14ymedio, Yoani Sánchez, Havana, 26 May 2022 — Luz Escobar must have been “The New Man.” She boarded a train every eleven days at the Tulipán street train station in Havana to get to a pre-university course in the countryside that she hated but needed to obtain the diploma that would propel her towards university. She went through it all: bullying, lice and no water supply. She was the daughter of the Cuban social experiment from which she would end up distancing herself: the ideological alchemy did not work with her.
Luz was not born as a journalist five years ago or even a decade ago. She was practically nursed in a Newsroom. A photographer mother and a reporter father, that girl with abundant black hair grew up surrounded by the typical questions we ask ourselves every day in this guild. The “six W’s,*” or the big questions of the job, she incorporated from a young age as something natural, everyday. She didn’t become a columnist, she grew up one.
This Thursday, in the midst of the daily obstacles of life on this island, the 14ymedio newsroom was jolted. Luz Escobar has just received one of the International Journalism Awards from the Spanish newspaper El Mundo in its twentieth edition. The day’s reporting guidelines took a turn. One of ours, the one who suffered the most from repression and police operations in recent years, had just won such a prestigious award.
Then came the hugs, the tears and the congratulations. There was no lack of those who said that “son of a cat hunts mice,” because of this daughter of a journalist father who has been in the profession for more than half a century and exercising it from within Cuba. But, although the congratulations that bind her to the family may be partly right, this is not the triumph of the family tree or of blood, this is the achievement of someone who tried to fit into the official molds of indoctrination and shook them of … one by one. This is the triumph of Luz Escobar.
Luz’s daughters are two wonderful teenagers. They have grown up hearing police operations that do not let their mother leave her house. They have been harassed in all spaces, even the lowest, which I reserve in this text out of modesty and due to the necessary restraint that must be shown on information involving minors. But they have risen above them with everything and much more. The meanest and the dirtiest has fallen on them.
However, Luz has continued to publish her articles, which focus, especially, on life. She is one of those few street journalists, from corner to corner and from daily stories who remains on this Island where the iron repression has forced so many colleagues into exile. She was there , almost like the first, when a wall collapsed on the corner of Monte Street in Havana; she is seen in several photos reporting from the historic May 11, 2019 march on the Paseo del Prado, and also at the events in front of the Ministry of Culture on November 27, 2020.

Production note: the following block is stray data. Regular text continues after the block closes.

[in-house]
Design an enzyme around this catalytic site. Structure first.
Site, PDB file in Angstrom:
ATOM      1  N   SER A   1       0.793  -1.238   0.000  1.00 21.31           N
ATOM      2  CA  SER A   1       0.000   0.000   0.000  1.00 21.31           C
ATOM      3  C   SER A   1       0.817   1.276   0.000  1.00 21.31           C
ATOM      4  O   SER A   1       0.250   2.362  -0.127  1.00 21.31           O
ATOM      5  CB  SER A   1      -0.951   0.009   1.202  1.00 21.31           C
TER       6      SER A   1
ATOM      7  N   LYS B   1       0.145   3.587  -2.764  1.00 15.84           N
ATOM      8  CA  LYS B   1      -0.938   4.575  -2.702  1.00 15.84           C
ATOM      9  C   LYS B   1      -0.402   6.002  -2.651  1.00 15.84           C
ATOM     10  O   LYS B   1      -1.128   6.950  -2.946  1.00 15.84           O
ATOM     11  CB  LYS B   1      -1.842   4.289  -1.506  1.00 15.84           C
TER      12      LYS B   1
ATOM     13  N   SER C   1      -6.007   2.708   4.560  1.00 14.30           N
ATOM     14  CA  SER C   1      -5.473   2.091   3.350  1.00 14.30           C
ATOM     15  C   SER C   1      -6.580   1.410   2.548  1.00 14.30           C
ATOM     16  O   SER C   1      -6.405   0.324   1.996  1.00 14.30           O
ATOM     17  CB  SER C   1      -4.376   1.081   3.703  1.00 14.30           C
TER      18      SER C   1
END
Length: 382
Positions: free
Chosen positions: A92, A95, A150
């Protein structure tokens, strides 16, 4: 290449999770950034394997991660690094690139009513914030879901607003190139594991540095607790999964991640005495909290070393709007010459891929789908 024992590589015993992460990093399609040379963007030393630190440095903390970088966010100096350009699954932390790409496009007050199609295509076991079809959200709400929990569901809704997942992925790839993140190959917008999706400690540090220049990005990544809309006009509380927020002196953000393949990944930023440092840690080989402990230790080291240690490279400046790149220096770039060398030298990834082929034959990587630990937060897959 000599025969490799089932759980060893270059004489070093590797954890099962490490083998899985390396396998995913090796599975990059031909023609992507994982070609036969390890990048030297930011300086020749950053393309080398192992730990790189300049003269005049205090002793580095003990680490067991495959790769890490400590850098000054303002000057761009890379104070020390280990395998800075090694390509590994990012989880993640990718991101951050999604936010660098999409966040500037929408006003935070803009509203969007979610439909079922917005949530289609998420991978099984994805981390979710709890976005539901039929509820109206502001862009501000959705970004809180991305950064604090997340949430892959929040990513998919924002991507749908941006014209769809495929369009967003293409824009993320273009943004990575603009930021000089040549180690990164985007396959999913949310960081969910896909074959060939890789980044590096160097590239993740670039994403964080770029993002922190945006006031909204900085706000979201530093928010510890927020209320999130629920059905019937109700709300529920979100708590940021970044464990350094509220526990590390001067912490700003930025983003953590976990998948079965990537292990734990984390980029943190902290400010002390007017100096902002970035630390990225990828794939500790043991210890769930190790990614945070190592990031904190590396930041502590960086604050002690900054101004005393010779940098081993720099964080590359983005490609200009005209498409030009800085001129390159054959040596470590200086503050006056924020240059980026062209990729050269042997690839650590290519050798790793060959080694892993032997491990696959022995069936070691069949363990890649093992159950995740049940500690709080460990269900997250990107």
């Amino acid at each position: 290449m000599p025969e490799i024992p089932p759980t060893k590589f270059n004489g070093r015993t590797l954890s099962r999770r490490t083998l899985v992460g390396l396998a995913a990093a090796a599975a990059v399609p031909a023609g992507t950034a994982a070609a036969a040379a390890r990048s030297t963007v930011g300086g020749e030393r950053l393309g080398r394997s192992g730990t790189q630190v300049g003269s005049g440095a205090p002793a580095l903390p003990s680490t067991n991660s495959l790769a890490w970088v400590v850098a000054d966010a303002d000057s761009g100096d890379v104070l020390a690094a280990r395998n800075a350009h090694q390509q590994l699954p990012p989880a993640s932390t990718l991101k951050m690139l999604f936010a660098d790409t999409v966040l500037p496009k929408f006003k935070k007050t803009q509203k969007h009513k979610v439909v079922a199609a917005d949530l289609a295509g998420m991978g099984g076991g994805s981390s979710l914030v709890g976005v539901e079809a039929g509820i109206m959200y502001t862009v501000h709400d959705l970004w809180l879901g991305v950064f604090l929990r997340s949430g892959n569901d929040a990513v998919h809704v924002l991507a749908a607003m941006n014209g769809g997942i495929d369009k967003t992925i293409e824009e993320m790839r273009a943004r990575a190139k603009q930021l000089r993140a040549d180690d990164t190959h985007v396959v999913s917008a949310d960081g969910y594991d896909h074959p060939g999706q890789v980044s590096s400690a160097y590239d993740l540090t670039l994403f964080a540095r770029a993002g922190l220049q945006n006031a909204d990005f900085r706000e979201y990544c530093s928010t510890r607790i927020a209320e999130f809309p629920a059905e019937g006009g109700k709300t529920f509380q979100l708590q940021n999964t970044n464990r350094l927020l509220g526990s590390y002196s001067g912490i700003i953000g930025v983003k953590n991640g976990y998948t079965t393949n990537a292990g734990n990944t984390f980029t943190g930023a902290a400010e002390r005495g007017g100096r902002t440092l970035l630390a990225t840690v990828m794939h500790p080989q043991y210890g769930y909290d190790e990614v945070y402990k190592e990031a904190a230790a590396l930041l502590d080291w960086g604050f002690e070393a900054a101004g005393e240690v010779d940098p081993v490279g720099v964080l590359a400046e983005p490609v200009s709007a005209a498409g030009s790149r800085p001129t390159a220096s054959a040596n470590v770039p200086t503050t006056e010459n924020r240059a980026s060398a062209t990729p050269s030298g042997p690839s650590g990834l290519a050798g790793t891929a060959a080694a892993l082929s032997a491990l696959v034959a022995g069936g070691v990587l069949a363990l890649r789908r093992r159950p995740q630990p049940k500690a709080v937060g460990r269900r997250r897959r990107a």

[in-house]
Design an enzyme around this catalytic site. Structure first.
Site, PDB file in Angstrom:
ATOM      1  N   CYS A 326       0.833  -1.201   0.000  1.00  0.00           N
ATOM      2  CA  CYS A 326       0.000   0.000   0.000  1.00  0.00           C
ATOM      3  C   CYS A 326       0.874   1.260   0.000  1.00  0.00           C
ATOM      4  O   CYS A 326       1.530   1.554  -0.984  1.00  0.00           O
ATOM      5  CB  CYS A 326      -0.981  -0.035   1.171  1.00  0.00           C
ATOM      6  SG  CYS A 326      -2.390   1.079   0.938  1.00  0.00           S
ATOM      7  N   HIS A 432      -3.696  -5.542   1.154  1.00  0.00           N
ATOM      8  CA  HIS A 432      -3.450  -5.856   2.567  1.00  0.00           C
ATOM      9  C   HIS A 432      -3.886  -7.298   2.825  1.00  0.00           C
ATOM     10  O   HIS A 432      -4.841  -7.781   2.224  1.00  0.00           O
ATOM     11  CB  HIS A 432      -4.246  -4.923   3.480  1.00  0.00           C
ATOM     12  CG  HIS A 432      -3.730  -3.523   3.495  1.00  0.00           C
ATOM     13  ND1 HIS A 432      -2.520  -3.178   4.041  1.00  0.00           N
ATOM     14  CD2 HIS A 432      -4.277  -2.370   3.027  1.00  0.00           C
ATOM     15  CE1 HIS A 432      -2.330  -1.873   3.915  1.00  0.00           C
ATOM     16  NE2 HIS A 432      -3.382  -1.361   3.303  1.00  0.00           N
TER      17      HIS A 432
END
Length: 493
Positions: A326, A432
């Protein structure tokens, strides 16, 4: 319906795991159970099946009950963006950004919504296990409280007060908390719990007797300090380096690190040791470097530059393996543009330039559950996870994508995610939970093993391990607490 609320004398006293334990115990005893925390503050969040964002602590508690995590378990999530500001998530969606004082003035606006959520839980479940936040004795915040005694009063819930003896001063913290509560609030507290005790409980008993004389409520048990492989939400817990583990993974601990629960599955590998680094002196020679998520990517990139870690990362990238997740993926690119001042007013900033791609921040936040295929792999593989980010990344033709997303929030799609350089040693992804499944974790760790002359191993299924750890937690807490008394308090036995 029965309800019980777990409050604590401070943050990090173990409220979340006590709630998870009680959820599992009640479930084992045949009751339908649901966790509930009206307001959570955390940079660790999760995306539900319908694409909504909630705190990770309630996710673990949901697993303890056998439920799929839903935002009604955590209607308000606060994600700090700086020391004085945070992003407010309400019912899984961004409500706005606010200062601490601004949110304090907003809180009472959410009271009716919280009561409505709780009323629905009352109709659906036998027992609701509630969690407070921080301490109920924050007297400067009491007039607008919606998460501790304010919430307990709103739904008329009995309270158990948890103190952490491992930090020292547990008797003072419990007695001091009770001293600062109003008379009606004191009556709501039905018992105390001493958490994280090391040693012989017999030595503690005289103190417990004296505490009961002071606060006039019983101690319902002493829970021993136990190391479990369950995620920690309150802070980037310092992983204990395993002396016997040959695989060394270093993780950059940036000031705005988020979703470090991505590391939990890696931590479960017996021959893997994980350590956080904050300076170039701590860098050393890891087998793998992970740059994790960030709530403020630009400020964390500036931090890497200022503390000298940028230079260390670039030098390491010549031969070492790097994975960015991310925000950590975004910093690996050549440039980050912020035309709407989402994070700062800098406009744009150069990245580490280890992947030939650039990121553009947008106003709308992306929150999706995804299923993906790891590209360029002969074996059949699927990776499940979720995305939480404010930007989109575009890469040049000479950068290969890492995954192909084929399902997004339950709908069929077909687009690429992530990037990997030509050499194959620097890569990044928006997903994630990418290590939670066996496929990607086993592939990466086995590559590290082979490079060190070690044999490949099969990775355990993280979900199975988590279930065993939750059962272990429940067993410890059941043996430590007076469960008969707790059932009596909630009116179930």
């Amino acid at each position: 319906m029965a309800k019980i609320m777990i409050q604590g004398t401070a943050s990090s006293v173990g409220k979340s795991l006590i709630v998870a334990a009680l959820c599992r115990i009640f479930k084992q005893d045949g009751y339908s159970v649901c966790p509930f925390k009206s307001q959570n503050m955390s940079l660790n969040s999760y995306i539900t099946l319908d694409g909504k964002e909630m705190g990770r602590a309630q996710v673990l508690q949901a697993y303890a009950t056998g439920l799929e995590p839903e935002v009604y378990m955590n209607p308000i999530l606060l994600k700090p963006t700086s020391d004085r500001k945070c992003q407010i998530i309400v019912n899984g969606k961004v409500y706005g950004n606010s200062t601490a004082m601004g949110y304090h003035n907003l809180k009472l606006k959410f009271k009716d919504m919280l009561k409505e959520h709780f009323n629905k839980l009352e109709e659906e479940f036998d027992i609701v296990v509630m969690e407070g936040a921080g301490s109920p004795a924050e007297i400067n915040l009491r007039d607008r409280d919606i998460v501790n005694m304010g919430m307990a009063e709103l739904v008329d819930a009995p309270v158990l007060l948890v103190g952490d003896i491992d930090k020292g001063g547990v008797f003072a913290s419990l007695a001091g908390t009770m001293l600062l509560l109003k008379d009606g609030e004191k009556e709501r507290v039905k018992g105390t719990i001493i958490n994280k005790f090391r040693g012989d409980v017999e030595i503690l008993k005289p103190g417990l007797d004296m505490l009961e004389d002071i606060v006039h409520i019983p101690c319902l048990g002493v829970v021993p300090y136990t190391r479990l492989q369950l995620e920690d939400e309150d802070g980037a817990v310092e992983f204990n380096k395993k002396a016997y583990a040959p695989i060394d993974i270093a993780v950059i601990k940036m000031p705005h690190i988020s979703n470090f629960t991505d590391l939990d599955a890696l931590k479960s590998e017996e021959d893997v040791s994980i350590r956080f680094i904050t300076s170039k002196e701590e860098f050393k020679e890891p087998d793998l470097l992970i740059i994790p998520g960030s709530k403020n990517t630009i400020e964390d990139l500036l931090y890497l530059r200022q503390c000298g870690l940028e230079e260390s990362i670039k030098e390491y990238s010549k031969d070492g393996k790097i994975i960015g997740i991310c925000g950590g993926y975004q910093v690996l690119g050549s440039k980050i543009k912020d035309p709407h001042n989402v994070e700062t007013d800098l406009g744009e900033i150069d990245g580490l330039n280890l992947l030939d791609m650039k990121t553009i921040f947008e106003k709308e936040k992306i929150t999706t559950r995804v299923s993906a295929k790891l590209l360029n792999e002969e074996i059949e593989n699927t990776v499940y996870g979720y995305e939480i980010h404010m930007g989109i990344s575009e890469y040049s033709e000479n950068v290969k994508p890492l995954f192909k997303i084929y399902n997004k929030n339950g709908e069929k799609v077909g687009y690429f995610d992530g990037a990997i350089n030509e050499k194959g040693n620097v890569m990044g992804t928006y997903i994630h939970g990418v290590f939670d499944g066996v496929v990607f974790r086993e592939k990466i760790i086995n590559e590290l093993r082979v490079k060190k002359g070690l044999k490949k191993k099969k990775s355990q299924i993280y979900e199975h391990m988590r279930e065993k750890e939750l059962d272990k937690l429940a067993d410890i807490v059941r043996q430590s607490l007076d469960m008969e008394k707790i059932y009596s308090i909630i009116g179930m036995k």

Each of these coverages had its punishments and retaliation. If Luz has not told all the details about the penalties she received, it is because she has always preferred to be the source of information, someone who reports from the place, before being an object of the reporting and relating only what happens to her. She has preferred to shed light on others rather than stare at her own navel. The difference is a thin red line, but she has known who and when she should cross it or how best to do it.
Eight years ago, when the newspaper 14ymedio was founded, Luz had two little girls who absorbed almost all her time. She was unable to be a full-time reporter in those early days but she joined the team very soon after. We, jokingly, compared the first months of this Newsroom with the stage in which the foundations of the Yugoslav model building where our headquarters are located in Havana were dug.
When the excavations began to raise the building, in that distant 1981, the waters did not take long to cover the hole where the columns were going to melt. The first builders, who – besides being unintentional builders -were those who would inhabit this ugly block and they had to submerge themselves in the mud and the miasma that drained towards the crack in the earth. Later “microbrigadistas” continued to arrive, but the initial sacrifice was unique and highly valued almost 40 years after the building was completed.
Luz was not totally dedicated to the hole, but she reached the top. She rose from the sewers of a system that only accepts their orders, to fly above all of them and all of us. She has done journalism where many believed that only obituaries could be written. She overcame the personal and collective traumas that successive economic crises and surveillance left us. She broke with the paranoia although the paranoiacs continue to watch her.
The train whistle sounds. She no longer goes to a rough concrete block where she is forced to work and pretend. It is the whistle of the profession, as pressing and unappealable as the cry of a hungry child in her cradle. Luz knows that there is no other: journalism or journalism; write or write; narrate or narrate The mice are the ones that hunt the cat in this case, the fierce feline of a regime that, although it appears to be invulnerable, is afraid of journalism.
*Translator’s note: Journalism’s key questions: Who, what, when, where, why and how.
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